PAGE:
Employers still don’t quite know what to make of—nor how to make the most of—remote workers.
According to a recent TalentLMS survey, 66% of U.S. companies now allow employees to telecommute, but a lack of understanding about remote workers’ habits, preferences and motivations could be preventing peak performance. Professional development opportunities (or the lack thereof) constitute just one sticking point where expectations are often misaligned.
Sixty-seven percent of respondents say they want more training. Seventy percent say their companies provide training, but 17% of remote workers convey that they pay for their own courses to gain relevant workplace skills.
Your company might not be able to match Siemens’ yearly investment of more than $500 million in employee professional development, but training and engaging remote workers does merit a slice of the budget pie.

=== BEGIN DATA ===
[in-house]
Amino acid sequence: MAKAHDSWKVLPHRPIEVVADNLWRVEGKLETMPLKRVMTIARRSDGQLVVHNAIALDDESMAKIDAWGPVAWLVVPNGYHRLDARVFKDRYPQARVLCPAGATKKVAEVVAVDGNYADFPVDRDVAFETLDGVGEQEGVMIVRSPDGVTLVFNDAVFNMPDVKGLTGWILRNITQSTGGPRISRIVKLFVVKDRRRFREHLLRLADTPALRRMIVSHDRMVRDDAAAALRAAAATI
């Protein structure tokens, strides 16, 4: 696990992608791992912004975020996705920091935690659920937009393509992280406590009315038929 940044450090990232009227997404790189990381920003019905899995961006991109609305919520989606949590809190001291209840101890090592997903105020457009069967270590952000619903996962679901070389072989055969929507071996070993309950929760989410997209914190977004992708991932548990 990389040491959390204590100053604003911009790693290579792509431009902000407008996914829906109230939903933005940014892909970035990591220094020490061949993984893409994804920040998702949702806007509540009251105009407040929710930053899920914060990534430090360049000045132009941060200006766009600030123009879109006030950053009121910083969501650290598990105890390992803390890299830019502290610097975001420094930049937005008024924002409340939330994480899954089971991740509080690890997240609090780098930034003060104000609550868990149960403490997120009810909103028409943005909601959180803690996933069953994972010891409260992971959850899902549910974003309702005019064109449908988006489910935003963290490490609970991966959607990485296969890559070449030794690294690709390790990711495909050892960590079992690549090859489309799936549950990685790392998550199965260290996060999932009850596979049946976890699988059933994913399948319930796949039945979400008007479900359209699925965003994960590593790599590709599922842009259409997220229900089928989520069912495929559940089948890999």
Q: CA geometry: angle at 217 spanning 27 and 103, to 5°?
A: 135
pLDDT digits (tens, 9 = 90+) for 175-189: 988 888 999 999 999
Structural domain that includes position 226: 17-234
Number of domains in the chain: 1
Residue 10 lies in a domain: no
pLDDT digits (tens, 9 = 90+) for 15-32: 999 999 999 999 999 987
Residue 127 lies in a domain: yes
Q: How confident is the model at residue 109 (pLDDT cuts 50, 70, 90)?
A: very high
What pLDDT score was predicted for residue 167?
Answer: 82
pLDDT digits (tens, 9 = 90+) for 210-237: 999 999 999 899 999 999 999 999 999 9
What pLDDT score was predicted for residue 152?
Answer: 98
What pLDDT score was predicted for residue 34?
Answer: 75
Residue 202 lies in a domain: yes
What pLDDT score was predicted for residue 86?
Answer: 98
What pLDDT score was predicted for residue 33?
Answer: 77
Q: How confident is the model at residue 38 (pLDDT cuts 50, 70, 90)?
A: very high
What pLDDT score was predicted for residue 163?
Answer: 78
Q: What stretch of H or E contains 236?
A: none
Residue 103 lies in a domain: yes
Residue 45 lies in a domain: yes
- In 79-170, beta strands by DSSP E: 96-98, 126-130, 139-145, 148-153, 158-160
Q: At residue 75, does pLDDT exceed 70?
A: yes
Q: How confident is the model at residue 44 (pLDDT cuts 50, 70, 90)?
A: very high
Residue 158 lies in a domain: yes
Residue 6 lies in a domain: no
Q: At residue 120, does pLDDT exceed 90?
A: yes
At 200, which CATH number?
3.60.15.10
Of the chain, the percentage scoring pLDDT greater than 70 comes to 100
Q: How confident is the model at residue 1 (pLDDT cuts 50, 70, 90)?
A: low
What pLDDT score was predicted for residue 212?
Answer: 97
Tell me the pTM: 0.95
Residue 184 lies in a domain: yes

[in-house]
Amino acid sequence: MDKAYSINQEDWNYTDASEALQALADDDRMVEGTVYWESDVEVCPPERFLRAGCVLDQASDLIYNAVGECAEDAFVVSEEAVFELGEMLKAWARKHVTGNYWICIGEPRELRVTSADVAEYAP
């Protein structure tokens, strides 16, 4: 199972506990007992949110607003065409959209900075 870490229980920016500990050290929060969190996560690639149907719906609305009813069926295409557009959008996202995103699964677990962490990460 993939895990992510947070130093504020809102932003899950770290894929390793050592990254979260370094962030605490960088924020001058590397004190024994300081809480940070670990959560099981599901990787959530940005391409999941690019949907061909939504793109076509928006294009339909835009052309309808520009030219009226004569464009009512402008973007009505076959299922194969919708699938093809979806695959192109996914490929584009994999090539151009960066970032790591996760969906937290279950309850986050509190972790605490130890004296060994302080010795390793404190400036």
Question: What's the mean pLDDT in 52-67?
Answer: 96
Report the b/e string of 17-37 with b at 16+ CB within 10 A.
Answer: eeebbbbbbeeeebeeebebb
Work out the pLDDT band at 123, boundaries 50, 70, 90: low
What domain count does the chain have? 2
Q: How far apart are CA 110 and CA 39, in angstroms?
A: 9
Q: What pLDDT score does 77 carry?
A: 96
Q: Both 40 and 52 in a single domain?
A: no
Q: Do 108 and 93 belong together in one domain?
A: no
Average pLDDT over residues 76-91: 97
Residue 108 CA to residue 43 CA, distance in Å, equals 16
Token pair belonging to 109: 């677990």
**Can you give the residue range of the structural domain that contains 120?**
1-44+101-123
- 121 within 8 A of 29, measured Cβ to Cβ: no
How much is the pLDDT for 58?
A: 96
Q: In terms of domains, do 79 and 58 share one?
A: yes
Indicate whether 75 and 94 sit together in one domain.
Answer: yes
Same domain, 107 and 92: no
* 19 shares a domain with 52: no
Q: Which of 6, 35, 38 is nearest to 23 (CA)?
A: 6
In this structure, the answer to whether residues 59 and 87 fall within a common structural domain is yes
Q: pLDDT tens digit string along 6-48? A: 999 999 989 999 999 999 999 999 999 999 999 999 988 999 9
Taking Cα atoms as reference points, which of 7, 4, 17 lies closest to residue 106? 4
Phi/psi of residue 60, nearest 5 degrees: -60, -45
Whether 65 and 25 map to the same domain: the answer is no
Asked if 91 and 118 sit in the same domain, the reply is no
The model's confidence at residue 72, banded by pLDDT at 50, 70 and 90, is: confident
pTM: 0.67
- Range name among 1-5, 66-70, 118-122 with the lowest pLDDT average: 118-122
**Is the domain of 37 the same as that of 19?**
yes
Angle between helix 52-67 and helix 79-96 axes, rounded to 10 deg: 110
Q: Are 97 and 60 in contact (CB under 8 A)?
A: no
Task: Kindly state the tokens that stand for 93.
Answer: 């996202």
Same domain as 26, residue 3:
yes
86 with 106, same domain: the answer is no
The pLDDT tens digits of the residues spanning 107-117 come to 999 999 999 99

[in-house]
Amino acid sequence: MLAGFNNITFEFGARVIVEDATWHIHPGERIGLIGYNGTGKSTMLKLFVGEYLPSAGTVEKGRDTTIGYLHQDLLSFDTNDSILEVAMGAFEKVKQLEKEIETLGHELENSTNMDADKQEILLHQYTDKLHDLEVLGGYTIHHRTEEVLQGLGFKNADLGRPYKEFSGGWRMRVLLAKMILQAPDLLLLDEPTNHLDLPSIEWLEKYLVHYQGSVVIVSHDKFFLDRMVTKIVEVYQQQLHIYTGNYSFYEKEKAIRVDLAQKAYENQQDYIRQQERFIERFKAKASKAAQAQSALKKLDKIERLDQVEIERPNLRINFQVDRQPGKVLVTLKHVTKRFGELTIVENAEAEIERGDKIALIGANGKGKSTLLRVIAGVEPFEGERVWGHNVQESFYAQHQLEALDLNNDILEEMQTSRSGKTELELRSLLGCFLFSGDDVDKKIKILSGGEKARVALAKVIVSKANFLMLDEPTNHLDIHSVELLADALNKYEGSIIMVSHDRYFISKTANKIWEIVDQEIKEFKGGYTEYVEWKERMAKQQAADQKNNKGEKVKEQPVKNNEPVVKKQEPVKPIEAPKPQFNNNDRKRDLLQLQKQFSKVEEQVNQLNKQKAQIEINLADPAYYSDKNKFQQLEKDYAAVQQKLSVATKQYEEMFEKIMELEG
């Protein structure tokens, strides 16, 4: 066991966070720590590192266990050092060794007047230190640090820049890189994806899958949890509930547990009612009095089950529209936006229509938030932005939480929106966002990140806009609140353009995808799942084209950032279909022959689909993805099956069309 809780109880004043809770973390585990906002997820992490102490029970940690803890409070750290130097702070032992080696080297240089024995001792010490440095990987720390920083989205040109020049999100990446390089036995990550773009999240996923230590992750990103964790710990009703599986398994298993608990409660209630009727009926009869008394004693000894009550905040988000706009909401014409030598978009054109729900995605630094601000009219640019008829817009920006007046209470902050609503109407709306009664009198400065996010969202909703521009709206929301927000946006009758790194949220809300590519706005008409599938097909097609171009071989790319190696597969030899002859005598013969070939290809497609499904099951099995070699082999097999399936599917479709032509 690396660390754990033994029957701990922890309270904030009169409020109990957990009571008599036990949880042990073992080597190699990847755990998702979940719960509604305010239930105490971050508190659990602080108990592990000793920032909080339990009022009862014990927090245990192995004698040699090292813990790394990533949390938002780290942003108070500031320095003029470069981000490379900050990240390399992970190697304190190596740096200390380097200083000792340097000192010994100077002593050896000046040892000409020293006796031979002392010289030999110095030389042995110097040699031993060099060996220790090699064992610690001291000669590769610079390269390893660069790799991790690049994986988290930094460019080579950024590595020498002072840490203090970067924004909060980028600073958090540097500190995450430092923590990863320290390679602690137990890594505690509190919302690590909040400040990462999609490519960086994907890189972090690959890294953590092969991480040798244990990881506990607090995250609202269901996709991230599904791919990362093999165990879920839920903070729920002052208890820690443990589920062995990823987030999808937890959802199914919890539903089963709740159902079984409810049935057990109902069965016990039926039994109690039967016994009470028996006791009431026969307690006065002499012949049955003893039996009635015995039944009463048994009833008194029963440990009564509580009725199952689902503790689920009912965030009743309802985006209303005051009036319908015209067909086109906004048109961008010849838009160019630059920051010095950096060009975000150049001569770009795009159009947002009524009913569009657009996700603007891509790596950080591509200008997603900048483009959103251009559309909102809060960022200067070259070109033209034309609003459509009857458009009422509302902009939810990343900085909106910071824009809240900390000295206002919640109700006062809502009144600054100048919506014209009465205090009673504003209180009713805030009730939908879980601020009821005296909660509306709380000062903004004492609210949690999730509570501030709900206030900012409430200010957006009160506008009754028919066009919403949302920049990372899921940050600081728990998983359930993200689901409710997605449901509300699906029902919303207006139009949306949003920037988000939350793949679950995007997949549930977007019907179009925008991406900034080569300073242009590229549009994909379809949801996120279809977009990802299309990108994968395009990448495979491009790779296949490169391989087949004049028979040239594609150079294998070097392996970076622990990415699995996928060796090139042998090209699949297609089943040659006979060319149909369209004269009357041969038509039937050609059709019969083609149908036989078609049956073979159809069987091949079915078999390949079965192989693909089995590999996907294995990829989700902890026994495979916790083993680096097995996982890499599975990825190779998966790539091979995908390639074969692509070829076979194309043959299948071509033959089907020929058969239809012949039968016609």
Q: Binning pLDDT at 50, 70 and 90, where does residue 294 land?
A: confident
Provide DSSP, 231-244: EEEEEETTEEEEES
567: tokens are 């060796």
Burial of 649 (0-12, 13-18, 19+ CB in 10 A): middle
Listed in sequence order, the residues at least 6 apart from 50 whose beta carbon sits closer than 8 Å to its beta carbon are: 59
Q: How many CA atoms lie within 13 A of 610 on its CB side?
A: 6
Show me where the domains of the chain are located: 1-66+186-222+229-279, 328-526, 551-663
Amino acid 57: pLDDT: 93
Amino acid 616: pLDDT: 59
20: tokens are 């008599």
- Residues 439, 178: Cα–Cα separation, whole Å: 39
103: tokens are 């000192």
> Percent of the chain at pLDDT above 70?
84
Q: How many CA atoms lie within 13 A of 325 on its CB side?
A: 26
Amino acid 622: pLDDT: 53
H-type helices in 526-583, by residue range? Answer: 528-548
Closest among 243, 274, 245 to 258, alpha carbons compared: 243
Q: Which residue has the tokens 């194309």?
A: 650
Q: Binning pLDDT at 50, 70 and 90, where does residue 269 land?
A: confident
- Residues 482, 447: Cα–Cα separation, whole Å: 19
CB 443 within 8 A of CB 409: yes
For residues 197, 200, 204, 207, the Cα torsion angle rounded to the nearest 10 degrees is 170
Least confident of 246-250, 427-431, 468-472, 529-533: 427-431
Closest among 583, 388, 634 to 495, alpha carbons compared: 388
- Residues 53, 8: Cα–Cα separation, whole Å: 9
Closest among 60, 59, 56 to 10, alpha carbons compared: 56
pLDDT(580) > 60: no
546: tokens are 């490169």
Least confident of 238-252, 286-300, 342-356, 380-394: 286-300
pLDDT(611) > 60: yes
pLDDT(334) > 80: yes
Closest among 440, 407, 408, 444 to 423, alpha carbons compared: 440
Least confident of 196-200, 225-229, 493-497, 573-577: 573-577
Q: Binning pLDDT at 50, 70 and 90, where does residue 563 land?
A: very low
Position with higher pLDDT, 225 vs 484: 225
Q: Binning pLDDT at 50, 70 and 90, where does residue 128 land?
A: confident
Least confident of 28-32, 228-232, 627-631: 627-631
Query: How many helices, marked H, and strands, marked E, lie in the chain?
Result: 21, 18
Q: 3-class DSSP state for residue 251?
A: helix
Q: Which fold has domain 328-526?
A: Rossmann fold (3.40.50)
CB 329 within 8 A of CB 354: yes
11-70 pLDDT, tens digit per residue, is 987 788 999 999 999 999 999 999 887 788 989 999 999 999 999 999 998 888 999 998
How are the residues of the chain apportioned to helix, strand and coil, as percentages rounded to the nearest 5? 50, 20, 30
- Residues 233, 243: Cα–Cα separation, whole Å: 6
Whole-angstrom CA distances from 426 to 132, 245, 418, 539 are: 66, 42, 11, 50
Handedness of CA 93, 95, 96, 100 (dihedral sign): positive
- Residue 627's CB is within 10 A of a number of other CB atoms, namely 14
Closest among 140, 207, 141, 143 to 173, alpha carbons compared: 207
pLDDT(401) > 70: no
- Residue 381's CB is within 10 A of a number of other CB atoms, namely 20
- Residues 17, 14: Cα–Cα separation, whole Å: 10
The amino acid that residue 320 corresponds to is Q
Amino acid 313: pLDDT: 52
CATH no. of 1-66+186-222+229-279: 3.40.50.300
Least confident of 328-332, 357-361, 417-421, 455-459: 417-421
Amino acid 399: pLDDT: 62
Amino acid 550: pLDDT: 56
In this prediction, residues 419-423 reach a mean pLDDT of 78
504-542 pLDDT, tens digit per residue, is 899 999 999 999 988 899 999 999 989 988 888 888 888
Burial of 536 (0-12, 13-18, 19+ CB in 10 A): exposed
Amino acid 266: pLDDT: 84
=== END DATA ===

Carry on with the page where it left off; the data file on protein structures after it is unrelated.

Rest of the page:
Despite a hugely positive view of telecommuting—including 90% indicating that they “get more work done when working remotely”—20% of respondents did say they’d prefer to get back into an office setting. Remote workers’ loneliness and lack of collegial connectivity are issues employers should keenly monitor. As TalentLMS writes:
Contrary to popular belief, only 28% of our remote workers describe themselves as introverts. Thirty-eight percent identify themselves as ambiverts and 34% as extroverts.
When they feel lonely, 43% use communication apps, 37% visit the office, and only 15% work from a public space.
Is your company doing enough to recognize and engage your remote workers? Read the rest of TalentLMS’s survey to gather more insights into what telecommuters are looking for.